Legends say that she sprung from the forehead of her father,
Brahma, as did the Greek virgin goddess Athena who was born from
her father, Zeus's head. As soon as Brahma looked at this
beautiful woman, he desired her, even though she was his
daughter. Saraswati disliked the amorous attentions of this old
god and kept dodging him, but whichever way she moved, Brahma
grew a head in that direction to see her the better. As a result
he grew four faces on four sides of his neck, and even a head on
top of these four, so that she could not escape by moving
upwards. But Saraswati still eluded him.
Brahma was angry. He, being the Creator, was also all powerful.
We do not know how, but legend has it that he did manage to marry
the elusive girl, and produced through her mind the four great
Vedas. Lore also has it that Brahma discovered that his girl-wife
was too aloof and absent-minded for his liking. He had arranged
for a major fire-sacrifice, at which his wife's appearance by his
side was a must. He repeatedly warned Saraswati not to take too
long over her toilet and miss the auspicious hour. She must, he
had decreed, take her traditional seat to his left, well in time.
But Saraswati behaved with her characteristic whimsical disregard
for parental diktats. Her prolonged toilet saw to it that the
holy hour passed without the couple's making the supreme joint
offering to the fire God as man and wife. When Saraswati finally
arrived, Brahma was livid. He threw her out, and replaced her
with the daughter of a sage, called Gayatri.
Saraswati, thus, though married, never enjoyed domestic bliss
like Durga or Lakshmi. According to most myths she had no
children, possessed a fiery temper, was easily provoked and was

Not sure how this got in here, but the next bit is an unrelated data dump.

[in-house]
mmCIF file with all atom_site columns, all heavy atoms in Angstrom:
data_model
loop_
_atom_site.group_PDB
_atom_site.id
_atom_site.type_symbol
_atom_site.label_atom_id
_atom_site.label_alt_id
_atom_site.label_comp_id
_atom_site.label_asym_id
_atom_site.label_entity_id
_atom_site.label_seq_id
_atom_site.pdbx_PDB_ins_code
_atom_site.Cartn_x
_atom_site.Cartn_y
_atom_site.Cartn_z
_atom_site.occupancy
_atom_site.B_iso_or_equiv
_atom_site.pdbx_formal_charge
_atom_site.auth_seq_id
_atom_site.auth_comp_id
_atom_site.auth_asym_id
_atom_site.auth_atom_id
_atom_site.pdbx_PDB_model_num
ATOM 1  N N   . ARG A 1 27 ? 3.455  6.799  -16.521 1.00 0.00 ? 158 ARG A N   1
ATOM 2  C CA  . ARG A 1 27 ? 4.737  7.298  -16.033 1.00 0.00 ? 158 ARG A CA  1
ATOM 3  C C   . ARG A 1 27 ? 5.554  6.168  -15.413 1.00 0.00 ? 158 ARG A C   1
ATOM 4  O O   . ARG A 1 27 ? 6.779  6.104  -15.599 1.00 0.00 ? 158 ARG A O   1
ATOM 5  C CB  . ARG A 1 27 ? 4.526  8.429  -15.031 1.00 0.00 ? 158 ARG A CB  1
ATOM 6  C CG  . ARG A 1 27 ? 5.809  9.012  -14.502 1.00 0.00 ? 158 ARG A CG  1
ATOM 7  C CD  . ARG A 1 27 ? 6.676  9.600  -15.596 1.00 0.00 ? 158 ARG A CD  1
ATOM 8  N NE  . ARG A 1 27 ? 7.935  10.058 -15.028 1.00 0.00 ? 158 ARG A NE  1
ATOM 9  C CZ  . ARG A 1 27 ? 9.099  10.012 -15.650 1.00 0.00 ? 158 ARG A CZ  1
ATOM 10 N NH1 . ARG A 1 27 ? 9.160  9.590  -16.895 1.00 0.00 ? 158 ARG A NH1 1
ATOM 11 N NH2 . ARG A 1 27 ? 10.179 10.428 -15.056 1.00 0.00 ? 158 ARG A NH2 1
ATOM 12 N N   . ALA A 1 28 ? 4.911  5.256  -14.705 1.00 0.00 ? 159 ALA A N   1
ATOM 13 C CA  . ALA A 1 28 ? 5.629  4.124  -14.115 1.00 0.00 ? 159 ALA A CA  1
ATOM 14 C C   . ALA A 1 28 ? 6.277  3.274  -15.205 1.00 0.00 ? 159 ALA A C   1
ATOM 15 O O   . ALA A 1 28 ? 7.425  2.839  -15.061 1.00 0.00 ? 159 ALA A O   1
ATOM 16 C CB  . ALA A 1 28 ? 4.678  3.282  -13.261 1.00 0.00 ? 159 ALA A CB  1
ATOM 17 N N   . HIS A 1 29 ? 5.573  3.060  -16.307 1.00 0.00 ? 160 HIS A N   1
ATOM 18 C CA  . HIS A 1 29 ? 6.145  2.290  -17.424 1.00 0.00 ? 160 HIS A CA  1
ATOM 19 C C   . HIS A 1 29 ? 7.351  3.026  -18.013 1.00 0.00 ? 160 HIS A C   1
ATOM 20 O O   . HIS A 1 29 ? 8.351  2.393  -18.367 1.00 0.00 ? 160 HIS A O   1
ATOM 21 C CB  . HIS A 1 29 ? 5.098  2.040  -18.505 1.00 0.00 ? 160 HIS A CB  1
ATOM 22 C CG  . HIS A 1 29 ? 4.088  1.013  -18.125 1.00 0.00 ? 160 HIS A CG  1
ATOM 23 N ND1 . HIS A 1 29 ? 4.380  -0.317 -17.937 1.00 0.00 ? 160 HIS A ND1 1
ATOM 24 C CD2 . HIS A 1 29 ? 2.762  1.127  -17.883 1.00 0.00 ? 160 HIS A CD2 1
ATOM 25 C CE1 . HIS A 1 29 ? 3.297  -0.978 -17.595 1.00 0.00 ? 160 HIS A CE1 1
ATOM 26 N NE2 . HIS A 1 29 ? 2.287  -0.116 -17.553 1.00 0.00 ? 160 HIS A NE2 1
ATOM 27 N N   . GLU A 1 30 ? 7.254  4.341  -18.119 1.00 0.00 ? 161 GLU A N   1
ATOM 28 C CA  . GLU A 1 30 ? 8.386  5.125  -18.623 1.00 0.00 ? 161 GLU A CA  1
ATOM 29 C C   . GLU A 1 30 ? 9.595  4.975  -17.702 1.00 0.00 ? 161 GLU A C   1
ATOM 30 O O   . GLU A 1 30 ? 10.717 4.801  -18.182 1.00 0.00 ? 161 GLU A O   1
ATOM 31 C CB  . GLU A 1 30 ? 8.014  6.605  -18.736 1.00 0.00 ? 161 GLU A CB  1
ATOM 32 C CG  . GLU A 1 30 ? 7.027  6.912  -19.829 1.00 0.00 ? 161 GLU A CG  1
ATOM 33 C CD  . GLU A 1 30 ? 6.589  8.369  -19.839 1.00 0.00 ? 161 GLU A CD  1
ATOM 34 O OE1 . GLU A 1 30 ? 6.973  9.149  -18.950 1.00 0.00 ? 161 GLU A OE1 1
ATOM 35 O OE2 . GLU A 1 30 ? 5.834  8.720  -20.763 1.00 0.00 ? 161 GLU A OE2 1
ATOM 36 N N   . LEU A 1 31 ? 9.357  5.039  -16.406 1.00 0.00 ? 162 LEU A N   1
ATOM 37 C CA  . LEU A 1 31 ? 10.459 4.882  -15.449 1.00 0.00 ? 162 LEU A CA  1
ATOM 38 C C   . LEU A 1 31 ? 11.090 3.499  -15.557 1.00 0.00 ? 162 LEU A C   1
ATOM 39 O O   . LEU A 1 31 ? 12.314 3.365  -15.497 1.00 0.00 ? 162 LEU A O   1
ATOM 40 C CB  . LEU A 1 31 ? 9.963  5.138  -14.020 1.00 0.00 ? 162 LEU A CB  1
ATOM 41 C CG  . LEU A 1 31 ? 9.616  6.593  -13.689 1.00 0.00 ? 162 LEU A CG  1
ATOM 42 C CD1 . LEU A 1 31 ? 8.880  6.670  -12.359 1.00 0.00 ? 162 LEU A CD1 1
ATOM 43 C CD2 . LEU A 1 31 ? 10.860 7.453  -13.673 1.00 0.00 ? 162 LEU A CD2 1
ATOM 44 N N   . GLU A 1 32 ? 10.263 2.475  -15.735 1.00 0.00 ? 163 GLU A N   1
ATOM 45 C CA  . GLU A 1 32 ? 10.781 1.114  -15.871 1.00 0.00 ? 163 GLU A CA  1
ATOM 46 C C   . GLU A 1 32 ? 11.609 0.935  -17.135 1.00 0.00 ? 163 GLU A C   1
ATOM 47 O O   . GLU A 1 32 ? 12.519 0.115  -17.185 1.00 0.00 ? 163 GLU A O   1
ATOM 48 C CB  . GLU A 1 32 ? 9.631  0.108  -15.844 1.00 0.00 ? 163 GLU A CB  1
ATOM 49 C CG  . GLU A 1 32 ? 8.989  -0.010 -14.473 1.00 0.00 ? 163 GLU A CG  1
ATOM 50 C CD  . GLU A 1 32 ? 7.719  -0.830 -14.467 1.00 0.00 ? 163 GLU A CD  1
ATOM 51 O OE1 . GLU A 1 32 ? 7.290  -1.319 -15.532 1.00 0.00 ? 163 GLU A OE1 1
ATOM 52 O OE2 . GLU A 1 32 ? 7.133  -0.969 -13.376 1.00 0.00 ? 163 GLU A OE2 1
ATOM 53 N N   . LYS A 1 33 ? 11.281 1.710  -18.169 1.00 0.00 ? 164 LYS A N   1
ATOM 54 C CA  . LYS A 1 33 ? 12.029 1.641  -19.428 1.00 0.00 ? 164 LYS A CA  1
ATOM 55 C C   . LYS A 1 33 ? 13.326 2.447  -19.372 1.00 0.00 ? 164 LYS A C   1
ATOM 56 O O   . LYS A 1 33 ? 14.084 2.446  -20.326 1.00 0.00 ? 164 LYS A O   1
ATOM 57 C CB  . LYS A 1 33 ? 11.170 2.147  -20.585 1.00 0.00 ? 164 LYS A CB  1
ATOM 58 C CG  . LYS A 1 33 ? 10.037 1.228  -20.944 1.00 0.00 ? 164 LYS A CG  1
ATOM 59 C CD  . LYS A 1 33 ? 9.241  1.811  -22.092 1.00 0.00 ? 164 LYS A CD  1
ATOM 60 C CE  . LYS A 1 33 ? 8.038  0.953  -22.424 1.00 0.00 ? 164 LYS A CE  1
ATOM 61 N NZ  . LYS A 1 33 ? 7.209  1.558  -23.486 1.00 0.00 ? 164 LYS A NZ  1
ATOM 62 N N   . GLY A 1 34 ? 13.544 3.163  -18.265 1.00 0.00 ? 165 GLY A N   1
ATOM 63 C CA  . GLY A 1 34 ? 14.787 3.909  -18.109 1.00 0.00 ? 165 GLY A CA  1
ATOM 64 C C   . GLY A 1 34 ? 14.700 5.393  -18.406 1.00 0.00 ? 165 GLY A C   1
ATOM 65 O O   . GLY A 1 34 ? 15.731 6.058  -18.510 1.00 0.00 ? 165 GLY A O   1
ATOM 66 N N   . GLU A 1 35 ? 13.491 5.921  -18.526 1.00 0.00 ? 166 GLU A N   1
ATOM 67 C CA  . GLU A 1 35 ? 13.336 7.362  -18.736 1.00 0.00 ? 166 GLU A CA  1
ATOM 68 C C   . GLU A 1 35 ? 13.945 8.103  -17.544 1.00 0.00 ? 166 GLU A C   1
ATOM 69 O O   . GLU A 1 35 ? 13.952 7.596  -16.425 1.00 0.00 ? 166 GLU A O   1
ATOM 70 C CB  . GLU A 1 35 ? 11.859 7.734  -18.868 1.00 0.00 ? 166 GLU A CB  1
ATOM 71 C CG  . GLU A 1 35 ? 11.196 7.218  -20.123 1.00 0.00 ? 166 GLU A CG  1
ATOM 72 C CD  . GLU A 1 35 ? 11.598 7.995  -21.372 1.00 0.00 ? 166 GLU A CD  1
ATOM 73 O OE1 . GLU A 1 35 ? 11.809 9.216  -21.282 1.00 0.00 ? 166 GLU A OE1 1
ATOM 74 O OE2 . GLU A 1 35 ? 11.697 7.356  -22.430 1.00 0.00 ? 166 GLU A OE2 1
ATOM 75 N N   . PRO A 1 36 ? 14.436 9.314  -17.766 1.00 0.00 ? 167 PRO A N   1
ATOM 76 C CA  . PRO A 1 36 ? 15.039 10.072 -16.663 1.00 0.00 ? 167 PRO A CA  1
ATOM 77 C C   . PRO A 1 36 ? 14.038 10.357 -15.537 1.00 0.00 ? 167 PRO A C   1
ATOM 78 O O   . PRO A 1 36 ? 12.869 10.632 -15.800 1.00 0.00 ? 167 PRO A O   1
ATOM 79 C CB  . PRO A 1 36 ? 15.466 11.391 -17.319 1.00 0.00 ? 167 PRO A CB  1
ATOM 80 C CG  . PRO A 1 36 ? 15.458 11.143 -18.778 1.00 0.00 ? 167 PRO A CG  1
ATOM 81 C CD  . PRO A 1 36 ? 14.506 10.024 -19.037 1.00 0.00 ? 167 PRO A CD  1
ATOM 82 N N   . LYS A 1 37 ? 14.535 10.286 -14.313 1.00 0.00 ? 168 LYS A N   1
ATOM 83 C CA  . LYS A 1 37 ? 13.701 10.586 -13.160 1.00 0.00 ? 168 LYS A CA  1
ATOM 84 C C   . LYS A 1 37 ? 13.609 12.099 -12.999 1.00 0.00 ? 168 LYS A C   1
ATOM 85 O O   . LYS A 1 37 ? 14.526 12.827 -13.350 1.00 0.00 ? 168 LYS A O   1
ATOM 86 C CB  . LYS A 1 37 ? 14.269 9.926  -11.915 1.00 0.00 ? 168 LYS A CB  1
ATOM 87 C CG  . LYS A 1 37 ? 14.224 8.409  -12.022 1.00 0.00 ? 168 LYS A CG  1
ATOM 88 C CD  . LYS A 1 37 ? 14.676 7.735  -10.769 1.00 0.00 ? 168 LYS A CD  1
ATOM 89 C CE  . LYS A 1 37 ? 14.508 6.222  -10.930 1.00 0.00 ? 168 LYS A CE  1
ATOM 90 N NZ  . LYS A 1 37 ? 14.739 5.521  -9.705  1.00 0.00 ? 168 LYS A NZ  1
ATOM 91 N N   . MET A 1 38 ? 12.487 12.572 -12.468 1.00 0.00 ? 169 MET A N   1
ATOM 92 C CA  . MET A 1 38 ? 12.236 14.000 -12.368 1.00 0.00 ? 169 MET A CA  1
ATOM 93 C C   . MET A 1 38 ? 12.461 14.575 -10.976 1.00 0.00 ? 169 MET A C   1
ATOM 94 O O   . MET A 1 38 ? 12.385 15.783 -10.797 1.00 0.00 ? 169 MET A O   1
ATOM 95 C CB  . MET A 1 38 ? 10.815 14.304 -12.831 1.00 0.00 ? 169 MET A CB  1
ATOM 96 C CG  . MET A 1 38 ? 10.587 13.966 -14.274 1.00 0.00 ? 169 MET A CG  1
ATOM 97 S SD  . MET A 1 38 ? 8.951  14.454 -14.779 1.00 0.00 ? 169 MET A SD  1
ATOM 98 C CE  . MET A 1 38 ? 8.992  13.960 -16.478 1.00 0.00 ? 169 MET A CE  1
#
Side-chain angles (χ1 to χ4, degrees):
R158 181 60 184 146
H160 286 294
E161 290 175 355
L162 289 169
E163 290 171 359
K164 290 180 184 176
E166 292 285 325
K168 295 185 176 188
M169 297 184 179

somewhat quarrelsome. She, of all the goddesses, is described as
possessing a very independent will and was not very obliging to
the male gods.
As the disinherited daughter and estranged wife, Saraswati lived
perpetually in self-imposed exile. She focuses her calm,
dispassionate gaze upon the past as pure experience. The capacity
to recall without anger or resentment, is Saraswati's greatest
gift to her children: the writers, musicians and creators of
various art forms. All of them have fought with tradition, but
their fight has been cerebral, not emotional. For without cutting
away the umbilical cord, no innovative new beginning may ever be
made, whether one is creating or procreating. This is the message
How to care for Wood Statues?
Wood is extensively used in sculpting especially in countries like China, Germany, and Japan. One feature that makes the wood extremely suitable for making statues and sculptures is that it is light and can take very fine detail. It is easier for artists to work with wood than with other materials such as metal or stone. Both hardwoods, as well as softwood, are used for making sculptures. Wood is mainly used for indoor sculptures because it is not as durable as stone. Changes in weather cause wooden sculptures to split or be attacked by insects or fungus. The principal woods for making sculptures and statues are cedar, pine, walnut, oak, and mahogany. The most common technique that sculptors use to make sculptures out of wood is carving with a chisel and a mallet. Since wooden statues are prone to damage, fire, and rot, they require proper care and maintenance.
It is extremely important to preserve and protect wooden sculptures with proper care. A little carelessness and negligence can lead to their decay, resulting in losing all their beauty and strength. Therefore, a regular clean-up of the sculptures is a must to prolong their age and to maintain their shine and luster.
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